Credit: Meanwhile, macroeconomist Daniel Oliver is warning that “the US Treasury bubble is the final bubble because they’re the backbone asset of central banks.” He then goes on to explain that, “The Fed had already suffered $720 billion in losses on its $8.7 trillion portfolio as of June 2. As rates increase, those asset losses will also increase. The Fed now has operating losses as well. Its liabilities include $2.2 trillion in reverse repo deposits and $3.3 trillion of bank reserves; that’s $5.5 trillion on which it pays floating rate interest. In other words: The Fed is just like the pension schemes, having swapped low fixed-rate income for rising floating-rate expenses.” Brilliant, ain’t it?
Credit: Of course, with the extremely high level of federal debt on the books, interest rates are the Achilles heel of America’s bubble economy. Why? Because if rates rise high enough, they’ll collapse the stock and housing markets. As for those who are hoping that the Fed will come to the rescue by lowering rates, macroeconomist Alasdair Macleod says, “The assumption that central banks are still in control of interest rates is demonstrably false. Prices are rising and markets are taking charge, driving both rates and bond yields higher – and that’s leaving central banks powerless.” In other words: The Fed has finally reached …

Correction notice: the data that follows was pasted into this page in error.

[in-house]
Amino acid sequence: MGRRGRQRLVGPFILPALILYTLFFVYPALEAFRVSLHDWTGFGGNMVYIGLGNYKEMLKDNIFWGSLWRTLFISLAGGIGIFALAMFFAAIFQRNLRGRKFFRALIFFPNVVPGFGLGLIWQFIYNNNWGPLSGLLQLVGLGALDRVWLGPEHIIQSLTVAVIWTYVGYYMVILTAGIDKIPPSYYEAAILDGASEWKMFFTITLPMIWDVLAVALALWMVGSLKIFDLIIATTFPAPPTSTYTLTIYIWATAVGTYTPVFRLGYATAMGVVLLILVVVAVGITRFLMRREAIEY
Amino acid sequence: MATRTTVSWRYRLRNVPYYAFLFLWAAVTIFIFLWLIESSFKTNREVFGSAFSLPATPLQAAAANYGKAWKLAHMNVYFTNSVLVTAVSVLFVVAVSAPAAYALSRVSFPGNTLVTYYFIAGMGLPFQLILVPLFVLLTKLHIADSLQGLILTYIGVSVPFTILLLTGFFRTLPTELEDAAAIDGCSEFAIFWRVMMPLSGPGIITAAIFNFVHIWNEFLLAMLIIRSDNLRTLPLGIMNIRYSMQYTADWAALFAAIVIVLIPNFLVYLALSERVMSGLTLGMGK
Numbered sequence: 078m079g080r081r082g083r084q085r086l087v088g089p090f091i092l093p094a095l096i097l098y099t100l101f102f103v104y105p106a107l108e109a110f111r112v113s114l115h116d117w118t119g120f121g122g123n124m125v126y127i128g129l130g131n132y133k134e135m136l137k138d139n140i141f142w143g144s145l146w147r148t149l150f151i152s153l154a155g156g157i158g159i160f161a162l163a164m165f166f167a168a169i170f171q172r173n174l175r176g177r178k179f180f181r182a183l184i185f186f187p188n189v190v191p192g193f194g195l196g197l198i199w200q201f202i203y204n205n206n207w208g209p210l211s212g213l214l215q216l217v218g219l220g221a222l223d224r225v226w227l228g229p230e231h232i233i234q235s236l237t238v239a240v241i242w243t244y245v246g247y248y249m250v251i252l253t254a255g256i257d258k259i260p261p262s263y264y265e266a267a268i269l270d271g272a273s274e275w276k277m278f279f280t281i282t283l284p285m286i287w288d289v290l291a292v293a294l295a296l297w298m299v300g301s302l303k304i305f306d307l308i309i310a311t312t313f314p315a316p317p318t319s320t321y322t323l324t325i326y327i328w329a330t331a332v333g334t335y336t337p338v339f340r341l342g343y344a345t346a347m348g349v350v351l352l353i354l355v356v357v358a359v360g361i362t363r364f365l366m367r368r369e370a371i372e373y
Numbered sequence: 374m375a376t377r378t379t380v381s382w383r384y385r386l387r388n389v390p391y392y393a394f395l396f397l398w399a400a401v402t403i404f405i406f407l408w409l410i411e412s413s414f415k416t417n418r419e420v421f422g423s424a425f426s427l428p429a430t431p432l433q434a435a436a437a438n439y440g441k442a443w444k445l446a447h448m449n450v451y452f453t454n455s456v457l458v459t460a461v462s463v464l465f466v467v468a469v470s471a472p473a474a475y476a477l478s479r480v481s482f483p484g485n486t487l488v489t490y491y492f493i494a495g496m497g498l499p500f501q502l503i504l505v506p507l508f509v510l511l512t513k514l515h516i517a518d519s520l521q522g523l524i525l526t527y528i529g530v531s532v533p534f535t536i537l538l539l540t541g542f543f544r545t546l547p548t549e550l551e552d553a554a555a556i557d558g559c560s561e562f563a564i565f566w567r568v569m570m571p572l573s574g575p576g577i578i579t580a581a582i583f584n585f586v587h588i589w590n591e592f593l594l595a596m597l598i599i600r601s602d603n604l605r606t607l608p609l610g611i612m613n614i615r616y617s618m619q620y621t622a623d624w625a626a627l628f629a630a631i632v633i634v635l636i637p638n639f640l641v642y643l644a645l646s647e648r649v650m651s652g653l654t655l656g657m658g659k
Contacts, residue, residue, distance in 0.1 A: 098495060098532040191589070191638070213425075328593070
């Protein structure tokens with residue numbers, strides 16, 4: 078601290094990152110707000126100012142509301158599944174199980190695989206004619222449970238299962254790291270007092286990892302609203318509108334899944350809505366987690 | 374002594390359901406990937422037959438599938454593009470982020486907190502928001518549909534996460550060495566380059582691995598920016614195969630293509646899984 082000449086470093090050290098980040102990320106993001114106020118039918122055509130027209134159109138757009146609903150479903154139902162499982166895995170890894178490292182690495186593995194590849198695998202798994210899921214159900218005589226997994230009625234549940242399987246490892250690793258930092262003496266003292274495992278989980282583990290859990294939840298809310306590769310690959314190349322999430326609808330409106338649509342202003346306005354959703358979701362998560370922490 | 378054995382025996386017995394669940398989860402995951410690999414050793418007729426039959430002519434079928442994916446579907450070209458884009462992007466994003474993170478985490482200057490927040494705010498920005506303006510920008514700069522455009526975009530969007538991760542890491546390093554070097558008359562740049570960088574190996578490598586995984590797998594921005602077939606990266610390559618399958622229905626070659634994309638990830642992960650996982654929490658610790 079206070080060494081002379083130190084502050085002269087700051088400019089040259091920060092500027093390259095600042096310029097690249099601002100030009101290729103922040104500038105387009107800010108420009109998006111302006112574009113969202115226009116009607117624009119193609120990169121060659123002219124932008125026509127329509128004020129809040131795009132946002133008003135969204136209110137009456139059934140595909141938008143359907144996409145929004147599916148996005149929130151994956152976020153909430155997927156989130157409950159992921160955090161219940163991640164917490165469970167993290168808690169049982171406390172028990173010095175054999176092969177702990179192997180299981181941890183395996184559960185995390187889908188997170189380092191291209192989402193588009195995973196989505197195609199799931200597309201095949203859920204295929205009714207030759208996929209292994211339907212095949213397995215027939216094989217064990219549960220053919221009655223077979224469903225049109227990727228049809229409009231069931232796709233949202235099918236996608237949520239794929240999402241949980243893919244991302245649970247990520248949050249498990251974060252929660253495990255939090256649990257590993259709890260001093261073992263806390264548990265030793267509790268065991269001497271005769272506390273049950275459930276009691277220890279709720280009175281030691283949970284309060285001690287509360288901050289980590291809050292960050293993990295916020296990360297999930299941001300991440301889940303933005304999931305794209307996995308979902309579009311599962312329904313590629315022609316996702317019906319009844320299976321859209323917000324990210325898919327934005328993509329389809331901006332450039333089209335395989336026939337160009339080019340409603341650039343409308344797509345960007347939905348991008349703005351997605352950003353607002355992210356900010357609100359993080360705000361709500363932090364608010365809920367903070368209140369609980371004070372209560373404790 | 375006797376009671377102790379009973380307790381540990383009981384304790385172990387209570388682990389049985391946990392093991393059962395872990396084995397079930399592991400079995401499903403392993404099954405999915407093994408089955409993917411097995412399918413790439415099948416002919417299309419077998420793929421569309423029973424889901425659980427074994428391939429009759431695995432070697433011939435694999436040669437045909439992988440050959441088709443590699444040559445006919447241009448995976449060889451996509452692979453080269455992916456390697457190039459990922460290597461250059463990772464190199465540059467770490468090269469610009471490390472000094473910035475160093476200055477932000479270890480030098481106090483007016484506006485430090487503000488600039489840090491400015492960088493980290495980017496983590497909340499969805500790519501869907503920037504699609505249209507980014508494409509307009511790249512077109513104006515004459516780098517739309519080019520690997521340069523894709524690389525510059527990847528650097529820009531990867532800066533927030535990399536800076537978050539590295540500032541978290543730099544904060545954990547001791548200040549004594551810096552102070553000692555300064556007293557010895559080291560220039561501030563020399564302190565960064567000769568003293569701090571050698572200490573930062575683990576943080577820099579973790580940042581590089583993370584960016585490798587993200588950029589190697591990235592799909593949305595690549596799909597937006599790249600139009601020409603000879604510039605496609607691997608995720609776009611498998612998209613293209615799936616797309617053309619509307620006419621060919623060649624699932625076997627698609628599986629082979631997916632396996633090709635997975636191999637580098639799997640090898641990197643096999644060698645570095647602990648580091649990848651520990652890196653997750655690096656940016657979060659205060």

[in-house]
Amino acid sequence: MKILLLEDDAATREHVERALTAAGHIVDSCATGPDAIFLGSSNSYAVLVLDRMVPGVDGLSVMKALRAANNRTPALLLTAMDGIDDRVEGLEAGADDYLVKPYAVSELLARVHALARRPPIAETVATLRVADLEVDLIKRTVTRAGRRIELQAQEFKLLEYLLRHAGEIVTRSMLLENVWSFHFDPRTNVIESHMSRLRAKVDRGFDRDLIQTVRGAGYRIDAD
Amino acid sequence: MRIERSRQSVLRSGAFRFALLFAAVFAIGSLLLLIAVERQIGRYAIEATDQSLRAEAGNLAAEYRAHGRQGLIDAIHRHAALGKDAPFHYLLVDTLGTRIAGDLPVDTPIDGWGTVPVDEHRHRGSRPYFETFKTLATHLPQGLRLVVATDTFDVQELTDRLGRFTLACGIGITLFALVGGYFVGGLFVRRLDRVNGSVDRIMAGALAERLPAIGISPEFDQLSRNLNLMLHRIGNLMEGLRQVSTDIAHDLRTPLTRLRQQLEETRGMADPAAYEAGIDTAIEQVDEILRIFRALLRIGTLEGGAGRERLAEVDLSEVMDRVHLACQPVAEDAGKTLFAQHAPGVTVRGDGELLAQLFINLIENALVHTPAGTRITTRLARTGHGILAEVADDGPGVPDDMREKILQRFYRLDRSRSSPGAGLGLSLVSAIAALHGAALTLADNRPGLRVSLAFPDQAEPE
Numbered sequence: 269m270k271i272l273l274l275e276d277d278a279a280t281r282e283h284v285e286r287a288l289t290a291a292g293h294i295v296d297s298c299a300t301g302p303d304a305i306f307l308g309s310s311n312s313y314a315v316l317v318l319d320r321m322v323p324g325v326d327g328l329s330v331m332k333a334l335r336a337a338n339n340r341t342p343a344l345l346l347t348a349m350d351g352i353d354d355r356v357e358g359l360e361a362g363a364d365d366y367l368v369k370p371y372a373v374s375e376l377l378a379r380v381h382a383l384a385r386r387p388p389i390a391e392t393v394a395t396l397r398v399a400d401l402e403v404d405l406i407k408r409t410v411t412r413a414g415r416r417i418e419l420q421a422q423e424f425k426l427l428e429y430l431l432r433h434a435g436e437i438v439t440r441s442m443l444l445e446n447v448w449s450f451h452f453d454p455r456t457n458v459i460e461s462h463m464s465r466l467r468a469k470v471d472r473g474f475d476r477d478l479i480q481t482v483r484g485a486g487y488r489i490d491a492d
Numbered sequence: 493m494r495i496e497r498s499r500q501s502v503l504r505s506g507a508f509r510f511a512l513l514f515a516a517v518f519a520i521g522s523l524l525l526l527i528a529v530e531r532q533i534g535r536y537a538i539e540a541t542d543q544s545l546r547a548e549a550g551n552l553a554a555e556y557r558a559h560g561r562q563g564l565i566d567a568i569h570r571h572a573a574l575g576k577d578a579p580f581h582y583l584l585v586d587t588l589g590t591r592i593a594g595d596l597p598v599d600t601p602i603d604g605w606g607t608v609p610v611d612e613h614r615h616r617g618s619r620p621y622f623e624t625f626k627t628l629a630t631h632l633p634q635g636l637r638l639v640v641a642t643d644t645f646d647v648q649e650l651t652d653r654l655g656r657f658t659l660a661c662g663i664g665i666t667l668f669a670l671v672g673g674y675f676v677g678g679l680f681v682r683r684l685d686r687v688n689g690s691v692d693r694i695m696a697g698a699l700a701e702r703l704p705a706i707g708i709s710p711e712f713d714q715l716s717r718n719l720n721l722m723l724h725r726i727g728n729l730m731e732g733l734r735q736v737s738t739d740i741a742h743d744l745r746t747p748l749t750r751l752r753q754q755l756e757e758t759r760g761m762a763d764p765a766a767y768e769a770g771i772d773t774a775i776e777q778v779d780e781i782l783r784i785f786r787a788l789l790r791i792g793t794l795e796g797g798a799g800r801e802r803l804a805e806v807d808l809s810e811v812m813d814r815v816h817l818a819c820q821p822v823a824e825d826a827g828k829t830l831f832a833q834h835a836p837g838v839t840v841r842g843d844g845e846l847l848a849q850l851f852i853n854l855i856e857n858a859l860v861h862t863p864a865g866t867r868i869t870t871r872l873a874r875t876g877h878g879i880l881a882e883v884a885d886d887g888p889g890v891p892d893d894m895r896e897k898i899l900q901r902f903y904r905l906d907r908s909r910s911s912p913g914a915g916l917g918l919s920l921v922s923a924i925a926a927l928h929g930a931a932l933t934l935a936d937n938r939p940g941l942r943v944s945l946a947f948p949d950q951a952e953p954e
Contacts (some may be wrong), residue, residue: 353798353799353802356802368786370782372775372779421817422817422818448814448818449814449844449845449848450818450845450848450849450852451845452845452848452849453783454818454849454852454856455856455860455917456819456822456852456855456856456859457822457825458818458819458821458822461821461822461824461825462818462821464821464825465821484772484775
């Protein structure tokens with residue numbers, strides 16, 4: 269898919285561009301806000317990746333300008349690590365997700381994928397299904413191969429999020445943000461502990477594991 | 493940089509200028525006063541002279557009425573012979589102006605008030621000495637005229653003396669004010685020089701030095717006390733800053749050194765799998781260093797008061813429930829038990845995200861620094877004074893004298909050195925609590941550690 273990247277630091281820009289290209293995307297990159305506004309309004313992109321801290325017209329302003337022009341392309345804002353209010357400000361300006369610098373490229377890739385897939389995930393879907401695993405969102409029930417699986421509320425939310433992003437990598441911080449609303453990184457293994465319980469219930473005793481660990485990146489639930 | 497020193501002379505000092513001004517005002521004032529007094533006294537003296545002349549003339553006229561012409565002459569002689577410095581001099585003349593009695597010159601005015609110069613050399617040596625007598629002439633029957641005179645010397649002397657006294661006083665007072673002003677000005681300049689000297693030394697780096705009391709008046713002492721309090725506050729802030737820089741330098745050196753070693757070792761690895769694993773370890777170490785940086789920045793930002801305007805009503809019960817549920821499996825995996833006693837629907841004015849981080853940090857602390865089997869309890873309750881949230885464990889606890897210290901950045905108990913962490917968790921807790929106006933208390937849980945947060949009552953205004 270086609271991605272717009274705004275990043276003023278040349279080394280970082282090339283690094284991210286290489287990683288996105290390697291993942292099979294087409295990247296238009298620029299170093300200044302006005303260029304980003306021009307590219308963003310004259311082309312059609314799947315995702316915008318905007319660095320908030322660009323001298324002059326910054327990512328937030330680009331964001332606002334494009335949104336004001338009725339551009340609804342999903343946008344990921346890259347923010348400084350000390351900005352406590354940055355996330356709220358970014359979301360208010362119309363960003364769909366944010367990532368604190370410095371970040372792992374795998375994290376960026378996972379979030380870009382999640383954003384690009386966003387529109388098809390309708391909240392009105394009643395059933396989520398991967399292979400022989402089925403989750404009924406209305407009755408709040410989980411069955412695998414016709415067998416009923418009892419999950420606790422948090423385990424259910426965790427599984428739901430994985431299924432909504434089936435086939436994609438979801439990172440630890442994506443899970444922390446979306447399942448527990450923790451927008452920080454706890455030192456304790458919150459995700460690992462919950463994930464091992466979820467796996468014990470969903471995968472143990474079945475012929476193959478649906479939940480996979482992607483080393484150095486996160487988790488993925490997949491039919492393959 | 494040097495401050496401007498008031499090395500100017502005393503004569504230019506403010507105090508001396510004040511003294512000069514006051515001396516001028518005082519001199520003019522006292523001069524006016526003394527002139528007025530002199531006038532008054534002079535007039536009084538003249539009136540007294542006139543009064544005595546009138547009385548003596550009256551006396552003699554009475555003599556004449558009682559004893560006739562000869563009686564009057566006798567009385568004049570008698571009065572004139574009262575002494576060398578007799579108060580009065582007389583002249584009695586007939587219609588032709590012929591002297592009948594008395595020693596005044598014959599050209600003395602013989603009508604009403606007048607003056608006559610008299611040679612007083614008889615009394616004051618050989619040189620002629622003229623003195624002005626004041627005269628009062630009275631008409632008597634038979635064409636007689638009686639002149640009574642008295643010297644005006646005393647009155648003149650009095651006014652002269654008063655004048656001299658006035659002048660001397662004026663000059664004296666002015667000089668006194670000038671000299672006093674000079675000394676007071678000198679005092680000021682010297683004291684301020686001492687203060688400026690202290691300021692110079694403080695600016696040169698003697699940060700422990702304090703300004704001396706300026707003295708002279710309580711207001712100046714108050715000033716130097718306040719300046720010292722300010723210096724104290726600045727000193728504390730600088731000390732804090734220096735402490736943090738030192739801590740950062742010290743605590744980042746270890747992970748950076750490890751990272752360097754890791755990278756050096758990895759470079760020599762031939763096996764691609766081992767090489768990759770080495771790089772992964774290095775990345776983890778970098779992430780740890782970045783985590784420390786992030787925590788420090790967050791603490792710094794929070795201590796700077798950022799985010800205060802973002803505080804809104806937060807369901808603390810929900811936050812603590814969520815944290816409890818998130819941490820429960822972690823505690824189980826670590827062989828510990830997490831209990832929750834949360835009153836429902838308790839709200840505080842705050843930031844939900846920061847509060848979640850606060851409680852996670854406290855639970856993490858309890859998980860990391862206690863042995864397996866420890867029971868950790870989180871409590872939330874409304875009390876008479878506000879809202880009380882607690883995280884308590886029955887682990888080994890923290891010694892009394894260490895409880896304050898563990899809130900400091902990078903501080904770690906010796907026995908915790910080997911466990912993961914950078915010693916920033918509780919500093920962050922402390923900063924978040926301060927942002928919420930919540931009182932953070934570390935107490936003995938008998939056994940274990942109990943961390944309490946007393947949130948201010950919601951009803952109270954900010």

Debit: By the way, Macleod also notes that “the US dollar’s (USD) strength is an illusion.” He says the Fed will soon be forced to stop its current tightening policy because contracting credit is breaking the markets. Instead, he says the major central banks will agree to replace contracting commercial bank credit with expanding central bank credit to “save” their collapsing bond markets. Macleod says that’s when the USD’s “safe haven status as the world’s reserve currency will be exposed for what it truly is: just another fiat currency facing infinite inflation.” Uh huh. And that’s when the Fed may try a final – but futile – attempt to introduce a CBDC.